Trying to write my Morning Pages with two phones and two laptops open beside me. Not good. I can’t focus or rest on the page. On the work phone, a Teams chat about something not urgent but interesting that I want to be part of. On my personal phone, sweet nothings from my lover and a dozen notifications from this site or that. On the work laptop, a presentation I can’t wait to start working on and an article I need to share, also, my LinkedIn profile. On my personal laptop, banking tab—can’t forget to pay the Mastercard—also, my current WIP in Scrivener.
Why am I doing this, why am I setting myself up for such failure? I will neither rest on the page nor do my work nor prepare for future writing. I will freeze, paralyzed by all that I could do, ought to do.
I accidentally give my iPhone, much battered already and with many cracks and breaches, a bath. As I put it in a bowl of lentils—I’m out of rice, but surely lentils will do the same trick?—I ponder whether I really want/need to get another smart phone.
I have a work phone on which kids could text me in emergencies.
Could I go back to a life free of apps? A pre-Instagram, pre-texting all the time, everthing at my fingertips life?
And do I want to?
It’s the question I’ve been asking myself since May 2013, when my mother bought me my first iPhone for my not quite-40th birthday.
It’s been great. I love it.
But it’s also been awful. By which I mean—I know I’m chained to, dependent on that device more than I am on coffee, never mind cheap red wine.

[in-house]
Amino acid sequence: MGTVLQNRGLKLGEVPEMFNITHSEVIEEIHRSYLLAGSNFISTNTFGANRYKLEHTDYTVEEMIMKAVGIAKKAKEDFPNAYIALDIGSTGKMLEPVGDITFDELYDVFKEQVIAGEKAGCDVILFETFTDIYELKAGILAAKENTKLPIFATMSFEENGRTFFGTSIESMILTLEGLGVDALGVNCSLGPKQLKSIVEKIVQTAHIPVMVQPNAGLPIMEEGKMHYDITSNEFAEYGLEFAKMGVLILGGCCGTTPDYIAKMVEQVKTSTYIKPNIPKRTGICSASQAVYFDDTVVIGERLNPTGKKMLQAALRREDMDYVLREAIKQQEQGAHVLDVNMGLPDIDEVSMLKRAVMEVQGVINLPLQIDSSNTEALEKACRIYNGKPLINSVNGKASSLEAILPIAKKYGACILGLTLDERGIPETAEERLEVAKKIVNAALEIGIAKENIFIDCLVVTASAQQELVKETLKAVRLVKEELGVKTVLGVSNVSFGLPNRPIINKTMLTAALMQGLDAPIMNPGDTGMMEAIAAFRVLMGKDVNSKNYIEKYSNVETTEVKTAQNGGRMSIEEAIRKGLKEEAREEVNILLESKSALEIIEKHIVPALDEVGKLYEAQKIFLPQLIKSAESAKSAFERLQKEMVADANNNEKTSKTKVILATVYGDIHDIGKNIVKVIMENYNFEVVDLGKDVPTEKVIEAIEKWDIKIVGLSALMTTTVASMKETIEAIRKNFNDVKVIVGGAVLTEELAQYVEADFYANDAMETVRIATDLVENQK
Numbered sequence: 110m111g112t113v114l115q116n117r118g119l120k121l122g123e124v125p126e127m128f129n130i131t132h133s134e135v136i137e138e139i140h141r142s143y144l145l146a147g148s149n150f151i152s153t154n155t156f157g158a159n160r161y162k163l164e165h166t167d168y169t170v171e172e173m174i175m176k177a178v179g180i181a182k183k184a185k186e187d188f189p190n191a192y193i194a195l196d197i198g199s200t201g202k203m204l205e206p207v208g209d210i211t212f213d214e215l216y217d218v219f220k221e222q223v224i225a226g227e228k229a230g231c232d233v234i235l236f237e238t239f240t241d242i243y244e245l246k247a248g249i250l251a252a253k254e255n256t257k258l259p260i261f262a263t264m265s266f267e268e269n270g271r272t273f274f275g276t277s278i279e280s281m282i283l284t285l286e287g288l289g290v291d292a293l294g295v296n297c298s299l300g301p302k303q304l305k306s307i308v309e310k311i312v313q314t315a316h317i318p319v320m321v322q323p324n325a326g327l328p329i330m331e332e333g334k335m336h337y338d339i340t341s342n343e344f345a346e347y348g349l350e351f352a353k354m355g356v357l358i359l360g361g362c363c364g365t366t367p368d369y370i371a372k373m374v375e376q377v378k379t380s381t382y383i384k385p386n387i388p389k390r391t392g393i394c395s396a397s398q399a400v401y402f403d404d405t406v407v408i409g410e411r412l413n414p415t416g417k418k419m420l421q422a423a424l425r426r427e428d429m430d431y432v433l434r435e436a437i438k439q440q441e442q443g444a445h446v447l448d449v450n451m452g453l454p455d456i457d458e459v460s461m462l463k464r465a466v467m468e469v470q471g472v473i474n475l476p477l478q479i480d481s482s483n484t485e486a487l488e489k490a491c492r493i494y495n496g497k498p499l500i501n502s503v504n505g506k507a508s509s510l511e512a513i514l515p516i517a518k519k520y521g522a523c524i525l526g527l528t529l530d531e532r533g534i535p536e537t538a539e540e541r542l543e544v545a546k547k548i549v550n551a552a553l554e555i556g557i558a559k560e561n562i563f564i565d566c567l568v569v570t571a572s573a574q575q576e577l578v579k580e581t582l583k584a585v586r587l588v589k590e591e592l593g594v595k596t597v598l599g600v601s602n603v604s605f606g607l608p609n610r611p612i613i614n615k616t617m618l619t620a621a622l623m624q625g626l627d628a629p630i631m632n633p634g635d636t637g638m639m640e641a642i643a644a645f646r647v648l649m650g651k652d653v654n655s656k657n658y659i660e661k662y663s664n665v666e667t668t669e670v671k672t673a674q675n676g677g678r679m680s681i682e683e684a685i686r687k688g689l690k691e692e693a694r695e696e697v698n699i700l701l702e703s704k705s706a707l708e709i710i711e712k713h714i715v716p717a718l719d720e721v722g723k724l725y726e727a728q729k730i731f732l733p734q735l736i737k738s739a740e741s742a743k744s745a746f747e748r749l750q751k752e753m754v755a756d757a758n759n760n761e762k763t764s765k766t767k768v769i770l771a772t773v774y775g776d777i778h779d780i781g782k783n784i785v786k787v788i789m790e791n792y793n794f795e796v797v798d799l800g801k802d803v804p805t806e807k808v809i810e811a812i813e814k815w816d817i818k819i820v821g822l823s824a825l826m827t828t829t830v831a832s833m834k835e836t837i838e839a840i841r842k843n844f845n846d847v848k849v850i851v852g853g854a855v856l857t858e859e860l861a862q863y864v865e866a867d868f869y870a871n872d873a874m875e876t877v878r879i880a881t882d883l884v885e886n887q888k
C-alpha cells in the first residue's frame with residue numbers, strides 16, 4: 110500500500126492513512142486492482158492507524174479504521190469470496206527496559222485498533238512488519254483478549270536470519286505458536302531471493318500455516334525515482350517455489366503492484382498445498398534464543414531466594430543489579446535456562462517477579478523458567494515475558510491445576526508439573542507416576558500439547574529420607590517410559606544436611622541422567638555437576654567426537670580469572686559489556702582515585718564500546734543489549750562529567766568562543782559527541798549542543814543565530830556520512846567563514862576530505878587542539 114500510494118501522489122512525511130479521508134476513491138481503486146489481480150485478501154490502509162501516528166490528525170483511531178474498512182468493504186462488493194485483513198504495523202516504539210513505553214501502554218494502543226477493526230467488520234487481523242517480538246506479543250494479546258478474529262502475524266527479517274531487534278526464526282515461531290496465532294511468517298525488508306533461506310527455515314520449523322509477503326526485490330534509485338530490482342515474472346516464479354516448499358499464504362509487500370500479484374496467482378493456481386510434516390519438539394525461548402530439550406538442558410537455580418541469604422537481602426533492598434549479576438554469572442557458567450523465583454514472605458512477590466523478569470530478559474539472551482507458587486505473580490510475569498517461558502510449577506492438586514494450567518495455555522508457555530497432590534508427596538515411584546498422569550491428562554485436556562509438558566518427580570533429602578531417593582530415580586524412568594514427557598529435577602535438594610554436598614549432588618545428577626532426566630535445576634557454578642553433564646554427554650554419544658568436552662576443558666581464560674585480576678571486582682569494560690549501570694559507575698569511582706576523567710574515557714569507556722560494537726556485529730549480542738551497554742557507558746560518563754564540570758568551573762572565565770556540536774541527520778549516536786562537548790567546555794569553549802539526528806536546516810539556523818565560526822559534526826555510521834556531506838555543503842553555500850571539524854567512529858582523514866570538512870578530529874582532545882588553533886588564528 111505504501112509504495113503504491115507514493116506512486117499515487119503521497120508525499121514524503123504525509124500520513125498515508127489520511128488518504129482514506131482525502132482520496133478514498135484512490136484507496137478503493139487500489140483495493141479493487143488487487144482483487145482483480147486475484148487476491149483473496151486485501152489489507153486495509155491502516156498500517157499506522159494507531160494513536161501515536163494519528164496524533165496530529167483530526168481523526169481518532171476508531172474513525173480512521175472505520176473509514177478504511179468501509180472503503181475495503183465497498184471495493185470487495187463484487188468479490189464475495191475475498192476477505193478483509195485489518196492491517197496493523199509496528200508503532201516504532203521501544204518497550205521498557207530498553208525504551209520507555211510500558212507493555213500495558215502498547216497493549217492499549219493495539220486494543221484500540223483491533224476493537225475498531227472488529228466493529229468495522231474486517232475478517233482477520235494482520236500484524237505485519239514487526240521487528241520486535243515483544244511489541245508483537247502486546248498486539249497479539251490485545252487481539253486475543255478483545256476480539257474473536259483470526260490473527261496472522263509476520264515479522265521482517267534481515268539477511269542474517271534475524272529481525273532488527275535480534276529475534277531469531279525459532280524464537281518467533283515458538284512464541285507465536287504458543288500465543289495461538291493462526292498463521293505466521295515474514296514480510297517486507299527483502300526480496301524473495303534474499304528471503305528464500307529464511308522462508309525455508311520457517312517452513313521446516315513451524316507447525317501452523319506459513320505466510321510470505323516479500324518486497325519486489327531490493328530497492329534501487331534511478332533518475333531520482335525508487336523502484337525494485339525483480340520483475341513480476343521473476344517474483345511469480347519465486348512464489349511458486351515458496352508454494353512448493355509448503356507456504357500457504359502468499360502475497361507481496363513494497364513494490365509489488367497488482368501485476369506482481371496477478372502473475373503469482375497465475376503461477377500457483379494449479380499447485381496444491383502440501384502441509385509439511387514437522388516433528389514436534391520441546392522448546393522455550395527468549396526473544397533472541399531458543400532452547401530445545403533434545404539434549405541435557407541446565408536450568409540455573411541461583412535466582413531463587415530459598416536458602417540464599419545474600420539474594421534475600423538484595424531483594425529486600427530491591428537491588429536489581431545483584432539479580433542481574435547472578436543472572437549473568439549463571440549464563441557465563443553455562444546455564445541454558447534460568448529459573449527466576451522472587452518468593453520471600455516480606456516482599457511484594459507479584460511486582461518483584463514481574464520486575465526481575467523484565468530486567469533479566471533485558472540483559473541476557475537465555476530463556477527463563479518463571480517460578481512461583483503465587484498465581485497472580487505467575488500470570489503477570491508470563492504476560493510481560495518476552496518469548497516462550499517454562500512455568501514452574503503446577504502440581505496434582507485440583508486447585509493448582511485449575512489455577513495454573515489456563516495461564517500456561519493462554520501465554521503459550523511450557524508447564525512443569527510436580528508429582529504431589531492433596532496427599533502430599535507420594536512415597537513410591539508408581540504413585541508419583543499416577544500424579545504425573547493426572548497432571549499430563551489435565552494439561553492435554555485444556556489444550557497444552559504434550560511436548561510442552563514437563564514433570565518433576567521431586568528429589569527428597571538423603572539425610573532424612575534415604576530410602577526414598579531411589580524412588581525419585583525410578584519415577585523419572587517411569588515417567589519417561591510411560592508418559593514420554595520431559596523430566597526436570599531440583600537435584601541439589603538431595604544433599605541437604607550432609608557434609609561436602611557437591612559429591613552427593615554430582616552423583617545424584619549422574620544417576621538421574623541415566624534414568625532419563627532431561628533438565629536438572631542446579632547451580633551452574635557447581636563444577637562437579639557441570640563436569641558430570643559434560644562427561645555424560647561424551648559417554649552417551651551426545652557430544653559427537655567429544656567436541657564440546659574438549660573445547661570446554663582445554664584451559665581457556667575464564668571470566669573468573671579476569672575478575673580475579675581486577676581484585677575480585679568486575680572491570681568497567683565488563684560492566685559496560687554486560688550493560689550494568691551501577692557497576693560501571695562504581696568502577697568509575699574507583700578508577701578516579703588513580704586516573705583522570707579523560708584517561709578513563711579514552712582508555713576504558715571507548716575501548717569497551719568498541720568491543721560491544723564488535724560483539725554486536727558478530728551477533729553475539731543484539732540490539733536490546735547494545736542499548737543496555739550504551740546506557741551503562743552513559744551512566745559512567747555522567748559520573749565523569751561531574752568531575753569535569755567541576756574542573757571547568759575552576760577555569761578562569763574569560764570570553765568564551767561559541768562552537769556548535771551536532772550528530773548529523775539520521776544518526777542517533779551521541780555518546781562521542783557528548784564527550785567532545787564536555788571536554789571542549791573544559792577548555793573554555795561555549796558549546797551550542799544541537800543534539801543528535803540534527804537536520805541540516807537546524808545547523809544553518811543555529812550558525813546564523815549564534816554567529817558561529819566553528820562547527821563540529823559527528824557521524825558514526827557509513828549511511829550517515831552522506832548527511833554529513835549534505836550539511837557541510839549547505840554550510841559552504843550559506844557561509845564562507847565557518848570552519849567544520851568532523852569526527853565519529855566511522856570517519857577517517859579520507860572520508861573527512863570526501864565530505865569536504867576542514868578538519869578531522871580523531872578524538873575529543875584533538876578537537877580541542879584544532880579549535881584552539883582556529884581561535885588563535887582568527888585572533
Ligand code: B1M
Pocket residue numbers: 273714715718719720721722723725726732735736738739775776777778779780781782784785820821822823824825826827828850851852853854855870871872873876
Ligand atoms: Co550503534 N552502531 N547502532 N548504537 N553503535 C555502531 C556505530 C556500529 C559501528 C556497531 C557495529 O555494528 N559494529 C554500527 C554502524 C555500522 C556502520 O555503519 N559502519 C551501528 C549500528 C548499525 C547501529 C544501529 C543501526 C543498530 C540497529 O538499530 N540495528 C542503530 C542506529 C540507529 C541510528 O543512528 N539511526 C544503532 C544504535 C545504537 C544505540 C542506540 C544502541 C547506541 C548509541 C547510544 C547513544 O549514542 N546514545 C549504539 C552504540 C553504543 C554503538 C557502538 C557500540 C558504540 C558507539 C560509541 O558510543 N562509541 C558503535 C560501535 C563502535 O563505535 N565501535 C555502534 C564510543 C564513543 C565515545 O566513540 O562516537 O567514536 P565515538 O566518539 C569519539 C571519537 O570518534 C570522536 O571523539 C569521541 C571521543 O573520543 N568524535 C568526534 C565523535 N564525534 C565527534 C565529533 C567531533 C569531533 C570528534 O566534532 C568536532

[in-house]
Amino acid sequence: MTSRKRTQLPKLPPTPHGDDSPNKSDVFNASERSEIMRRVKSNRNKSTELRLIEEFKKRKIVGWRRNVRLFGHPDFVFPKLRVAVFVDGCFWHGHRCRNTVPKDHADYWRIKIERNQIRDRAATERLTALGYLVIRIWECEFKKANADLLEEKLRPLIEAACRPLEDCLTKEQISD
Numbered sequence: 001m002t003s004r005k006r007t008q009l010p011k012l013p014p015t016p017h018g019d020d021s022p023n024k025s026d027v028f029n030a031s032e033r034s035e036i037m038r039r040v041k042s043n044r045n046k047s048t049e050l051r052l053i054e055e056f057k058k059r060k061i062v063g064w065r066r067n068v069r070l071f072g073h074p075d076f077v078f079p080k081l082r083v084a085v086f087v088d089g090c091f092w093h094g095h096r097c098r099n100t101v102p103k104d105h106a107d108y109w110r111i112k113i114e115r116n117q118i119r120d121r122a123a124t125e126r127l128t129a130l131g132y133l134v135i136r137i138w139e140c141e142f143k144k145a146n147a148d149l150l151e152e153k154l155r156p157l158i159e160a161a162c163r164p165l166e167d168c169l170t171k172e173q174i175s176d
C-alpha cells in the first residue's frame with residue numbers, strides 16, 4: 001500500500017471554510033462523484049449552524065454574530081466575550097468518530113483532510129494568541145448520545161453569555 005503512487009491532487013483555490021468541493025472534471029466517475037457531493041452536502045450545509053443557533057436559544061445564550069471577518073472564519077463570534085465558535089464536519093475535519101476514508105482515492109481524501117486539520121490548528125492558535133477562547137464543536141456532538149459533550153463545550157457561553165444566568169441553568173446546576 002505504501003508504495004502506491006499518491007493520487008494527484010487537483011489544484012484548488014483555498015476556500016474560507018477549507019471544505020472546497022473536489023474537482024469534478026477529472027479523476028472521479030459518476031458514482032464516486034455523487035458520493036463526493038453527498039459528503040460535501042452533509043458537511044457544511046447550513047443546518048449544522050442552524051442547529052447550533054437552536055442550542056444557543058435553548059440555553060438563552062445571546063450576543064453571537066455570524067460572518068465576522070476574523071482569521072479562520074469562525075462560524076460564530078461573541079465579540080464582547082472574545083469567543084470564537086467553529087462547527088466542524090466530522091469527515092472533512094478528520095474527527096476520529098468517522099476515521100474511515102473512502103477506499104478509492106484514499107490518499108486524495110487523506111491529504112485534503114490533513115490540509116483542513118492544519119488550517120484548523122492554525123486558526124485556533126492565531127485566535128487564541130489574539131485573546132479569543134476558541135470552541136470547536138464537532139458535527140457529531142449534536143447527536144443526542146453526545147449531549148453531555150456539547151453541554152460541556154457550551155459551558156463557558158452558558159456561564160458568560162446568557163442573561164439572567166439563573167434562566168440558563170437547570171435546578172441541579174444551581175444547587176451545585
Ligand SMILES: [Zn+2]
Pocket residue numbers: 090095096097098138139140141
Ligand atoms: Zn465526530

I think there’s lot to be said for NOT having the world at your fingertips.
At the same time… Google Maps, Yelp restaurant reviews, cat reels on Instagram and all those sweet nothings from you totally make my life better.
So I’ve ordered a new phone. It’s the smallest one I could find, on the cheapest plan I could find—still more than I need or want, and I know I will use it more than I want—or need.
I resent that it’s this difficult.
I don’t own a television. I don’t binge on Netflix (although, I confess, I’ve spent the occasional weekend in bed with a BBC murder mystery series or Bridgerton or low-budget Netflix romcoms).
I should be able to just use this microcomputer in my pocket to serve me—not to worry that I am its slave.
Morning pages. Laptops and phones away, out of sight and out of reach… but I know where they are. And what is the worst that will happen if I open Spotify s that I can have some music on while I write?
I push the thought away. Breathe. Stay on the page.
Resent the effort it takes.